Eliminating superbugs on the International Space Station
An antimicrobial coating made of precious metals has reduced growth of bacteria on contamination-prone surfaces inside the International Space Station (ISS), where extreme conditions can foster antibiotic-resistant superbugs.
When astronauts leave Earth, bacteria stay with them, remaining with them through spaceflight and on the unearthly conditions of the ISS. This creates a perfect storm of weakened immune system and strengthened bacteria, which can put crew at risk. Furthermore, these effects — and the risk of infection — grow with mission duration, and the genes responsible for these new traits can be readily shared among different species of bacteria.
“Spaceflight can turn harmless bacteria into potential pathogens,” said Professor Elisabeth Grohmann of Beuth University of Applied Sciences Berlin. “Just as stress hormones leave astronauts vulnerable to infection, the bacteria they carry become hardier — developing thick protective coatings and resistance to antibiotics — and more vigorous, multiplying and metabolising faster.”
To address this problem, Prof Grohmann and her colleagues tested a silver- and ruthenium-based antimicrobial coating, known as AGXX, on a contamination-prone surface aboard the ISS: the toilet door. Silver on its own has been used since prehistory to prevent microbial growth, and today it is found in everything from socks to swimming pools — which is, ironically, perhaps why resistant bacteria have begun to emerge.
“AGXX contains both silver and ruthenium, conditioned by a vitamin derivative, and it kills all kinds of bacteria as well as certain fungi, yeasts and viruses,” Prof Grohmann said. “The effects are similar to bleach — except the coating is self-regenerating so it never gets used up.”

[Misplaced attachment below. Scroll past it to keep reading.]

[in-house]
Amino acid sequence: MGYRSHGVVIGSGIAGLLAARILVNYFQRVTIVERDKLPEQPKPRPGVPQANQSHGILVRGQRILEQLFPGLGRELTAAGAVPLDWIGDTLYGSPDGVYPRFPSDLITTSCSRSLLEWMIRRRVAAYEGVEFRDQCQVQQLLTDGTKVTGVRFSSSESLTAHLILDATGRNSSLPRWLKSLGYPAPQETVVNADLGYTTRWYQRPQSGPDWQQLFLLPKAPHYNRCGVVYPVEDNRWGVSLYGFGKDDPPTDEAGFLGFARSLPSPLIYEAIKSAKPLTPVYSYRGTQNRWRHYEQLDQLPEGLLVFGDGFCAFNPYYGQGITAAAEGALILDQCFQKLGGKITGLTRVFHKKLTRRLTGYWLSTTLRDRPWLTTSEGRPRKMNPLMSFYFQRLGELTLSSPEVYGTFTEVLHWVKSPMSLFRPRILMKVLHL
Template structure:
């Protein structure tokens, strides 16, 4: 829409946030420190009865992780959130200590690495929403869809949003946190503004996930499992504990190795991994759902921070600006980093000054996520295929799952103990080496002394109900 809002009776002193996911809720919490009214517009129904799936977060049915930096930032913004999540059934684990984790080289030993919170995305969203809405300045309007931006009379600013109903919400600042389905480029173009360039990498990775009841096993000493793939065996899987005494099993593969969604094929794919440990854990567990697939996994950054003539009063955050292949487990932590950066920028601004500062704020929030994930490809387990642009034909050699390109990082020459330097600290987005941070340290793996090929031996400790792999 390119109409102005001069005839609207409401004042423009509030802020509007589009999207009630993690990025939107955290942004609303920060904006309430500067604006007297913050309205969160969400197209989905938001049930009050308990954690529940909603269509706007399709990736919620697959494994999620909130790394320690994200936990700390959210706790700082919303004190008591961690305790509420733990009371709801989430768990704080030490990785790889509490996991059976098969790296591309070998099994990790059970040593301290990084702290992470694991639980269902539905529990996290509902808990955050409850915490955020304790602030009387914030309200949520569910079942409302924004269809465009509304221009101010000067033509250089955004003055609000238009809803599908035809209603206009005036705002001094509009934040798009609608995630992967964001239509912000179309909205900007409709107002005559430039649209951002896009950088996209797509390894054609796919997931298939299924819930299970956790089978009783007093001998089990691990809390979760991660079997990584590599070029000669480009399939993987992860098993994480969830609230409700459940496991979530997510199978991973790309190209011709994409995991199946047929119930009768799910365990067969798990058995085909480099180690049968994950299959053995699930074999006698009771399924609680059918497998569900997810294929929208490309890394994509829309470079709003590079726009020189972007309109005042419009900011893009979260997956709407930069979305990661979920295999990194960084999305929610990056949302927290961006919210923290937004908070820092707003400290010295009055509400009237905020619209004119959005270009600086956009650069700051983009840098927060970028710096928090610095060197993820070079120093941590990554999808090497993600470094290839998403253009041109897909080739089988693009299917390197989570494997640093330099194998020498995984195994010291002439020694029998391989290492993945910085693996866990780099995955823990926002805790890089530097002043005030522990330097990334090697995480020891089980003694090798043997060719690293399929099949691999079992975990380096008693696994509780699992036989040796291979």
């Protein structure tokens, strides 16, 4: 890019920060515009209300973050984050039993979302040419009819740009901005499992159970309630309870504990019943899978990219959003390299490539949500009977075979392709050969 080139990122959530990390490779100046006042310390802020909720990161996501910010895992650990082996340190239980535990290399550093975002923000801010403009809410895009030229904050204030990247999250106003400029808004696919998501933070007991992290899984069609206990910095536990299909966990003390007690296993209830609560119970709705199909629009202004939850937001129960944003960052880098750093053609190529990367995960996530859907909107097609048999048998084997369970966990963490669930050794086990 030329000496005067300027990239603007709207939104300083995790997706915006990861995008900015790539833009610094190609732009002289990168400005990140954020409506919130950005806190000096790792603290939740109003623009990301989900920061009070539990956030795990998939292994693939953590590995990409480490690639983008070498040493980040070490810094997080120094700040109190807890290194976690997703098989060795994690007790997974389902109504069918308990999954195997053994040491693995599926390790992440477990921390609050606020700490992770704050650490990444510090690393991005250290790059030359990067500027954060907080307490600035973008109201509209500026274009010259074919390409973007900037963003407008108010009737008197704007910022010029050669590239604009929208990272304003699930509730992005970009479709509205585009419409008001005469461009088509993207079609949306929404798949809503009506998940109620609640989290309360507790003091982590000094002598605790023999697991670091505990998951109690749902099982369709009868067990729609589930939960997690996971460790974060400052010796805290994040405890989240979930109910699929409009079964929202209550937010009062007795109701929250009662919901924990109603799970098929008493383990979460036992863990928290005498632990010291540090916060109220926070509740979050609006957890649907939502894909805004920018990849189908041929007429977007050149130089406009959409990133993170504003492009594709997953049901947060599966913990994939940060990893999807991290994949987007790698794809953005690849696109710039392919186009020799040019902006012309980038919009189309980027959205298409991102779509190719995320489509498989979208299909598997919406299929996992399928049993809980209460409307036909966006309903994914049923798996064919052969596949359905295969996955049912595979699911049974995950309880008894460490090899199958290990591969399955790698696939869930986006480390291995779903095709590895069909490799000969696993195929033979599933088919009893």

Published in the journal Frontiers in Microbiology, the study showed that the AGXX coating proved to be highly effective, dramatically reducing the number of bacteria on contamination-prone surfaces. Prof Grohmann said, “After six months’ exposure on the ISS, no bacteria were recovered from AGXX-coated surfaces.”
Even at 12 and 19 months, a total of just 12 bacteria was recovered — a reduction of 80% compared to bare steel. A regular silver coating tested for comparison had only a slight antimicrobial effect, reducing the number of bacteria by 30% versus steel.
“With prolonged exposure time a few bacteria escaped the antimicrobial action,” Prof Grohmann said. “The antimicrobial test materials are static surfaces, where dead cells, dust particles and cell debris can accumulate over time and interfere with the direct contact between the antimicrobial surface and the bacteria.
“Most importantly, no serious human pathogens were found on any surface. Thus, the infection risk for the ISS crew currently is low.”
Nevertheless, all bacterial isolates were able to form immunity-evading slimy coatings, and most were resistant to at least three antibiotics. They were also able to share the genes responsible.
“Immunosuppression, bacterial virulence and therefore infection risk increase with duration of spaceflight,” Prof Grohmann said. “We must continue to develop new approaches to combat bacterial infections if we are to attempt longer missions to Mars and beyond.”
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